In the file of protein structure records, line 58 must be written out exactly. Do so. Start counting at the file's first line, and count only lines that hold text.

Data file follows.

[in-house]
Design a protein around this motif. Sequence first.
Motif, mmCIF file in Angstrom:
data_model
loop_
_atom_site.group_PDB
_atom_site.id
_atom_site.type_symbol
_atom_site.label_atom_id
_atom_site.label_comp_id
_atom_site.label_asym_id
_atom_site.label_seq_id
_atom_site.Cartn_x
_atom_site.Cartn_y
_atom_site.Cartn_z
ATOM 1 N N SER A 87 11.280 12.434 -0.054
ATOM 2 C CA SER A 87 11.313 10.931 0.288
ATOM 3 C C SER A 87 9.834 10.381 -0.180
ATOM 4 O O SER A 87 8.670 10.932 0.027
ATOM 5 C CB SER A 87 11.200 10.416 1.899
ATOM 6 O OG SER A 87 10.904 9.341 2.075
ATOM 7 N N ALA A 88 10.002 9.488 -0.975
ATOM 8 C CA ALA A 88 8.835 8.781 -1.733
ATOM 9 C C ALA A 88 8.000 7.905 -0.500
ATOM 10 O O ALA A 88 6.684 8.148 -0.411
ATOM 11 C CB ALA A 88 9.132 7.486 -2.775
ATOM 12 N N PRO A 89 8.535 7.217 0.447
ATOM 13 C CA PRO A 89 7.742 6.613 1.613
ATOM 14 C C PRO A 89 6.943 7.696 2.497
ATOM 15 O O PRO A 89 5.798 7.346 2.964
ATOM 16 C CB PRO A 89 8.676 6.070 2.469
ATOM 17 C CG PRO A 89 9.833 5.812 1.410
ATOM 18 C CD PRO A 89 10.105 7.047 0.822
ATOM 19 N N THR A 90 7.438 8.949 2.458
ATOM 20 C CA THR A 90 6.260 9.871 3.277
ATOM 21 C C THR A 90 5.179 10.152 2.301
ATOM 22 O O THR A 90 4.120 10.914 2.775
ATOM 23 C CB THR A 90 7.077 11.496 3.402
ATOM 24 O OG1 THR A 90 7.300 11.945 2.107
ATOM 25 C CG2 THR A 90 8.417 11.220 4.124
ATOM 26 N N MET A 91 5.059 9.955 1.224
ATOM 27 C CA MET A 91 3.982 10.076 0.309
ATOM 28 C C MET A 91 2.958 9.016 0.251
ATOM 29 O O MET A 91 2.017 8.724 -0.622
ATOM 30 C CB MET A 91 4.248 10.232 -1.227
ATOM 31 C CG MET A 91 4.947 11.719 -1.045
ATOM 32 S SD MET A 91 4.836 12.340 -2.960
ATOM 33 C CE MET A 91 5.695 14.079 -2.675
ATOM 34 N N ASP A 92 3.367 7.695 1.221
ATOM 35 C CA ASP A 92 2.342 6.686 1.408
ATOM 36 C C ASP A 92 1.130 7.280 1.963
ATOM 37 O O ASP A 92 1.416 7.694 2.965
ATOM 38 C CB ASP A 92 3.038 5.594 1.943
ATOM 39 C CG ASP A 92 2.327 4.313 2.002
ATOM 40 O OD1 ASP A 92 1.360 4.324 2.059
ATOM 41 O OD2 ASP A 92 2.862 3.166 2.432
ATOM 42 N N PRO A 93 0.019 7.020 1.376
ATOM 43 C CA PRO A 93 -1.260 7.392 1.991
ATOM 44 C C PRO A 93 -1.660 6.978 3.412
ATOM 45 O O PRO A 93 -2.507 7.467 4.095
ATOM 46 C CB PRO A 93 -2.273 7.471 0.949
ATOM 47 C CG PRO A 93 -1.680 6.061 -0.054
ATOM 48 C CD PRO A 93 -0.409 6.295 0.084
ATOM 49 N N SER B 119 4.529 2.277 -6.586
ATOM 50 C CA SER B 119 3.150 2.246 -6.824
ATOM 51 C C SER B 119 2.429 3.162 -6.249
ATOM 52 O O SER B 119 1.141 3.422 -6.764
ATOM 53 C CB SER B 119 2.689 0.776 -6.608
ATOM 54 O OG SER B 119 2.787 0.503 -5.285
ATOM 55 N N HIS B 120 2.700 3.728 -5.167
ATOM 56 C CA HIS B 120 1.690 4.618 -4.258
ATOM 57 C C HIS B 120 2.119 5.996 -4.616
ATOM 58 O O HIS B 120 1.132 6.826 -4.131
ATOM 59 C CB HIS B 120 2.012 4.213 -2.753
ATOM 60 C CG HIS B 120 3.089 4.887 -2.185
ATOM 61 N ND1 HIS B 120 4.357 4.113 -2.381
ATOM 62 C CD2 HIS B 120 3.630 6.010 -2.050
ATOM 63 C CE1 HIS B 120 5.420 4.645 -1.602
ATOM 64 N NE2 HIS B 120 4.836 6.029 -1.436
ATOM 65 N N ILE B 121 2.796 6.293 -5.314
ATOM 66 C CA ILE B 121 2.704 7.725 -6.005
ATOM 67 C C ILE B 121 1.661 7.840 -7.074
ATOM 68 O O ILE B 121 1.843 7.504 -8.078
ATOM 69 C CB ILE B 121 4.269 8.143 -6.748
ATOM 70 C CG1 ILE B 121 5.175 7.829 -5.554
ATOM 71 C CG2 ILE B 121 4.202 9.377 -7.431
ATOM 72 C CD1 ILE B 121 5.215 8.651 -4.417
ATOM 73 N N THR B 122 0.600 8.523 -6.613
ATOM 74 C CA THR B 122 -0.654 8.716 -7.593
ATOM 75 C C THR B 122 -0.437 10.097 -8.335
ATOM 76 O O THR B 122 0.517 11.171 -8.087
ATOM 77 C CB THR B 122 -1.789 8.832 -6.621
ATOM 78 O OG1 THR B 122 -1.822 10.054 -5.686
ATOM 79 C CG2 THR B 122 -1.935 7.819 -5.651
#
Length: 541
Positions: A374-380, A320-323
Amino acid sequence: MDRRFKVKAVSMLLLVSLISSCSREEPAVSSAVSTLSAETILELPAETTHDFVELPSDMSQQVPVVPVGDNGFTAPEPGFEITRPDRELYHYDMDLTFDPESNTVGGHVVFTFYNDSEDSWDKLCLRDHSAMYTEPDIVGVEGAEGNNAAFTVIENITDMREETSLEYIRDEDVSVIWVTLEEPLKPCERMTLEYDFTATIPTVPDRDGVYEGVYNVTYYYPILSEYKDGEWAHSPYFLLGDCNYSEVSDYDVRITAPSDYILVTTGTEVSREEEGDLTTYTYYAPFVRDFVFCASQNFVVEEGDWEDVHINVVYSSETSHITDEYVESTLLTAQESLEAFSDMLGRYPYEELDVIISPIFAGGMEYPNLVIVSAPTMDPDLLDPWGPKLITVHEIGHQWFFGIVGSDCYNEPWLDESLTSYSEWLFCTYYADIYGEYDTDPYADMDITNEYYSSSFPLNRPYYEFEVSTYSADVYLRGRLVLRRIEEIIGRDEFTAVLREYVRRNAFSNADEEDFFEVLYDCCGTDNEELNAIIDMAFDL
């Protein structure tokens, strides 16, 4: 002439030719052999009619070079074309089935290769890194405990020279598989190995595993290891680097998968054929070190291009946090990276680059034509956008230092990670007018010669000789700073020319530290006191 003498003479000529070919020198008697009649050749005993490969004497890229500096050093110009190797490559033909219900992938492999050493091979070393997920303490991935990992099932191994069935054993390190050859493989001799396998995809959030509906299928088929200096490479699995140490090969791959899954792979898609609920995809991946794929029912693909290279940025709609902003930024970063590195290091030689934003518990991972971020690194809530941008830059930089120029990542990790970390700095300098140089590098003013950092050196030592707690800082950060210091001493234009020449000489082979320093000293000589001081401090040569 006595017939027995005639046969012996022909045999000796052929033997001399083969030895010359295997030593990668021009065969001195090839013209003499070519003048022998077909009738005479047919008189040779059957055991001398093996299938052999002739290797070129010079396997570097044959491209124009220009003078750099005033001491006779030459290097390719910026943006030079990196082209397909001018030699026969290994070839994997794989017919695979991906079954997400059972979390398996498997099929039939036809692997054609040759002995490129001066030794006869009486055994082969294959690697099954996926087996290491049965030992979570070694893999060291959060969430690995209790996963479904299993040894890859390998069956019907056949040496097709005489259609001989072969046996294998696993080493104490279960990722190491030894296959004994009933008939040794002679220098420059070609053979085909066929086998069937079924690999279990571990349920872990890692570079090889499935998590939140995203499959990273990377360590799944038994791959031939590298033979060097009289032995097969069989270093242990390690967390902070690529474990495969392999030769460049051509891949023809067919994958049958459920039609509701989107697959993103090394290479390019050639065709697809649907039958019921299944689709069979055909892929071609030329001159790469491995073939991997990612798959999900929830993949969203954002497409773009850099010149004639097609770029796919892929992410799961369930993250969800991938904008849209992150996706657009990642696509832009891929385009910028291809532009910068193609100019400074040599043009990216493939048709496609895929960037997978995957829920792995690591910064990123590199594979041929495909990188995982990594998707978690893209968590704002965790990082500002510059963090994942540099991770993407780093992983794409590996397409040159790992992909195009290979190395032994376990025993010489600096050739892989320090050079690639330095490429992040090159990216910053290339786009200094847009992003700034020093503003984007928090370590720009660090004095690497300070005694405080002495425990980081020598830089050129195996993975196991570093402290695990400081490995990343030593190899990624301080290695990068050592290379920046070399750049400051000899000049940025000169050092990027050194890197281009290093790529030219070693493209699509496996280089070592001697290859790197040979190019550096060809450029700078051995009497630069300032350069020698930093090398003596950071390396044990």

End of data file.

ATOM 43 C CA PRO A 93 -1.260 7.392 1.991